GreatFire.org now testing VPN speed and stability in China
There is a commonly held belief in China that if you have a VPN that works then you should keep quiet about it. In terms of freedom of access to information, the problem with this approach is that access to knowledge suddenly is a secret. Today we are launching a project that we hope will destroy that model.
Our newest website, Circumvention Central (CC), aims to provide real-time information and data about circumvention solutions that work in China. Since 2011, we have been collecting data about blocked websites in China and now we will add data about the effectiveness of VPNs and other circumvention tools.
We are launching CC with four main objectives in mind.
Our first objective is to help to grow the number of Chinese who circumvent censorship restrictions in China. By sharing our information and data about these tools, we hope to show a wider audience which circumvention tools are working.
Our second objective is to improve the circumvention experience for users in China by bringing transparency to tool performance. We will measure these tools on speed (how quickly popular websites are loaded) and on stability (the extent to which popular websites load successfully).
The speed test that we have developed aims to reflect the real user experience. While a visitor to the site runs a test, in the background, their browser is downloading resources from the ten most popular websites in the world. According to Alexa, these sites are Google, Facebook, YouTube, Baidu, Amazon, Yahoo, Wikipedia, QQ, Twitter and Microsoft Live. The speed reported is simply the size of the file downloaded divided by the time taken to download it. We also verify whether the downloaded resource is complete. If the contents returned are incorrect or if the download fails to complete within 40 seconds, we mark it as failed. This data is then used to calculate our other main indicator - stability.
Other speed tests typically just measure download and upload speed by sending a couple of requests to the speed test server itself. The reported speed is not reflective of the user experience because normal browsing involves frequently sending lots of requests (not downloading or uploading one big file) to many different servers, not just one.
Our second indicator - stability - is typically not tested by other services at all. A healthy internet connection anywhere is supposed to deliver 100% stability, unless someone pulls the cable during the test. But using a circumvention tool in China is different. At any point, the connection can become unstable and/or go down completely. Individual requests may fail depending on the size of the request, the final destination and how they are proxied. Thus comparing service stability is just as important if not more important than comparing speed.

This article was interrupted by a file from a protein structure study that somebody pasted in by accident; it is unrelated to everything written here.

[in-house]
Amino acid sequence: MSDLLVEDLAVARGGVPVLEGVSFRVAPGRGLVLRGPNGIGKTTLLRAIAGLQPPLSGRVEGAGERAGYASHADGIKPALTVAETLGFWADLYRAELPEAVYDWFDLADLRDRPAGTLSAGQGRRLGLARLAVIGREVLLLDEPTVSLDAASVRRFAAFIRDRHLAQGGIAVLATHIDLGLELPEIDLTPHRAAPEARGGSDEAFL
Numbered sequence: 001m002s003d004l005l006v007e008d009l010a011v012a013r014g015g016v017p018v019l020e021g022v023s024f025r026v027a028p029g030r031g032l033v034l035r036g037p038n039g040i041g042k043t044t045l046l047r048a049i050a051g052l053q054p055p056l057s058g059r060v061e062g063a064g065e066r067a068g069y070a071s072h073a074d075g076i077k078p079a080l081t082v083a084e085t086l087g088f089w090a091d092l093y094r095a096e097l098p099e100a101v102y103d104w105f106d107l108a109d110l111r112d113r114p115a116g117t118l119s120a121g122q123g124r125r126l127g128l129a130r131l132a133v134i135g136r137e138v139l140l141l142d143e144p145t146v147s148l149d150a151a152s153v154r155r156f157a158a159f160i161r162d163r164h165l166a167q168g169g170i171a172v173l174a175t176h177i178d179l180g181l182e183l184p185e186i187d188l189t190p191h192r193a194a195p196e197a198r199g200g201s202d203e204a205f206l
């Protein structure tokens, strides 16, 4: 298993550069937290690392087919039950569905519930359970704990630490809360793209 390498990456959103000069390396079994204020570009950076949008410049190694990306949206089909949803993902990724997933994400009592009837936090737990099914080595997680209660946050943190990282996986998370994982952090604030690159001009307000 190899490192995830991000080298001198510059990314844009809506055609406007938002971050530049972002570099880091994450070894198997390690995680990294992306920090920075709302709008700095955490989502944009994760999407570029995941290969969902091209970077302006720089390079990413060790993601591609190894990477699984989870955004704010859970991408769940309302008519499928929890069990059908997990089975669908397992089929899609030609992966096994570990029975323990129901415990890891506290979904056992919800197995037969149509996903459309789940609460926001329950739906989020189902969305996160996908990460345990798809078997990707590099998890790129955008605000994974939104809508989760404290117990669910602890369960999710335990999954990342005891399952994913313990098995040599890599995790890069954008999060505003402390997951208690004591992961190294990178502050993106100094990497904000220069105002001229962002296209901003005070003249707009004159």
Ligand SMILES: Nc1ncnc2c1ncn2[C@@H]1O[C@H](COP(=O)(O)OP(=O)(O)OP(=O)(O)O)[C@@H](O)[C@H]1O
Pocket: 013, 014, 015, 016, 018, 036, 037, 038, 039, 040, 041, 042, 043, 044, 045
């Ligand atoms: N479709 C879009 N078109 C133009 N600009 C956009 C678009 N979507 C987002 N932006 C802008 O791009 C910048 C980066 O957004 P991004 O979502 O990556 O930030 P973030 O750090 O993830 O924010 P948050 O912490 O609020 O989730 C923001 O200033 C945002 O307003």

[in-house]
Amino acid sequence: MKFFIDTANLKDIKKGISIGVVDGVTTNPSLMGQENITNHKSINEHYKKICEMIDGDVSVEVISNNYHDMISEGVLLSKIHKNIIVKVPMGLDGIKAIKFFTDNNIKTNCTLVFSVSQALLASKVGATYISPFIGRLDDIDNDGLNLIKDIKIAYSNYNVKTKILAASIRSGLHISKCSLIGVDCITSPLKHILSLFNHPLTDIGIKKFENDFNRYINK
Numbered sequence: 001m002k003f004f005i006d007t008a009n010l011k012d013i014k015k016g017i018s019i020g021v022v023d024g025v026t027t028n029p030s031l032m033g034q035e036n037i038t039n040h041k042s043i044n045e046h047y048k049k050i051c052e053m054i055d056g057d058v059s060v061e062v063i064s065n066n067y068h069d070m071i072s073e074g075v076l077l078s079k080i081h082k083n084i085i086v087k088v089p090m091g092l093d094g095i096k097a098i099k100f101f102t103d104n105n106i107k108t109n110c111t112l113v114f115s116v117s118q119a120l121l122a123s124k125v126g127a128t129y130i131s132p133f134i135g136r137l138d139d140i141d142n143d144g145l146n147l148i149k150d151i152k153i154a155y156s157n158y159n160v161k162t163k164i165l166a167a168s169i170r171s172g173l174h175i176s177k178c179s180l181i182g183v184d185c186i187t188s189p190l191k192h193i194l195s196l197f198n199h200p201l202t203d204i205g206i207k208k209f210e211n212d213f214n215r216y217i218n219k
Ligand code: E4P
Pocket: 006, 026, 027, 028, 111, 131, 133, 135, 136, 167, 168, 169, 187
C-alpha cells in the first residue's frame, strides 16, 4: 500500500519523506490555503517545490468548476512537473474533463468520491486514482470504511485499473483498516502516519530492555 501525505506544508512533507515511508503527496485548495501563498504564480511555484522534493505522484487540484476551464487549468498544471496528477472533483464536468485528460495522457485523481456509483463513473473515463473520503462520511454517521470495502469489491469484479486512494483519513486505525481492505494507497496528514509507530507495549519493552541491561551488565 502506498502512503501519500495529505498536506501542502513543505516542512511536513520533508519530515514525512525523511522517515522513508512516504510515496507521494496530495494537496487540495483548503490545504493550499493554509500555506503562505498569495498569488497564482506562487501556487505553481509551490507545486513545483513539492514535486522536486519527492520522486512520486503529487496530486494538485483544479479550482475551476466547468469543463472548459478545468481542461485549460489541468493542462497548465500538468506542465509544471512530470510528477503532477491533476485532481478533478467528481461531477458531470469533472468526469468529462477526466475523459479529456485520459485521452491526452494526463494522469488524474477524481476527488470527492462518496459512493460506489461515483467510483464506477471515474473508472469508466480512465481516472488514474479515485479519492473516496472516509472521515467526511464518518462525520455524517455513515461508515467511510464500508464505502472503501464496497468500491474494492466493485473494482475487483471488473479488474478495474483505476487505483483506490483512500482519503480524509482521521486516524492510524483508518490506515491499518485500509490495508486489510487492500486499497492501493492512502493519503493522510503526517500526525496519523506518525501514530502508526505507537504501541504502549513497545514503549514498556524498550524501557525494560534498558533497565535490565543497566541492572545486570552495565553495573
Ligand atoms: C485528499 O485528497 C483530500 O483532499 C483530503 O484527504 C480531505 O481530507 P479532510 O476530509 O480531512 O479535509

We especially invite developers of circumvention tools to provide us feedback on the testing process. Our third objective is to help these developers improve their products so that more choice is available for the Chinese consumer. Furthermore, the more tools that work, the harder it will be for the Chinese authorities to crackdown on circumvention.
As internet users in China know, the authorities have stepped up their attacks on circumvention tools over the past 18 months. CC is part of our attempt to fight back. Instead of making this a game about secrets, we want to encourage people to share information about circumvention tools that do work.
Our fourth objective in launching CC is to generate revenue for GreatFire.org. At the moment GreatFire relies on the kindness of individuals who send us donations and from a host of grant-making organizations around the world. We want to reduce our reliance on these organizations and set GreatFire.org on a path of self-sustainability. Visitors to the CC site will be able to purchase any paid-for tool that we currently test. GreatFire will act as a reseller of these tools in China and as such we will be given a portion of each sale by the VPN providers themselves. Users need not be based in China to purchase a circumvention service.
It is not entirely true that reliable VPNs are largely kept as a secret in China. There are a host of websites that provide “VPN reviews” and “VPN ratings”. But anybody who has visited those sites can quickly see that they act as referral and marketing sites for a small subset of VPN providers and that most of those services do not work in China.
You may have seen the great list of VPNs put together by That One Privacy Guy. We took that list and recruited a team of testers across China and tested almost every tool to see what works and what does not. It will come as little surprise to those in China to know that a very small number of these tools actually work in China.
Until CC, nobody has provided public information about the effectiveness of circumvention tools in China. Many have provided misinformation about what works and what does not work. Some VPN providers have also famously encouraged their customers to “keep quiet” about the effectiveness of their solutions. On the contrary, we encourage everyone who reads this post and visits our new website to share this information with those who they think could benefit from purchasing a circumvention tool.
If you are a VPN provider and you want to get added to the list please contact firstname.lastname@example.org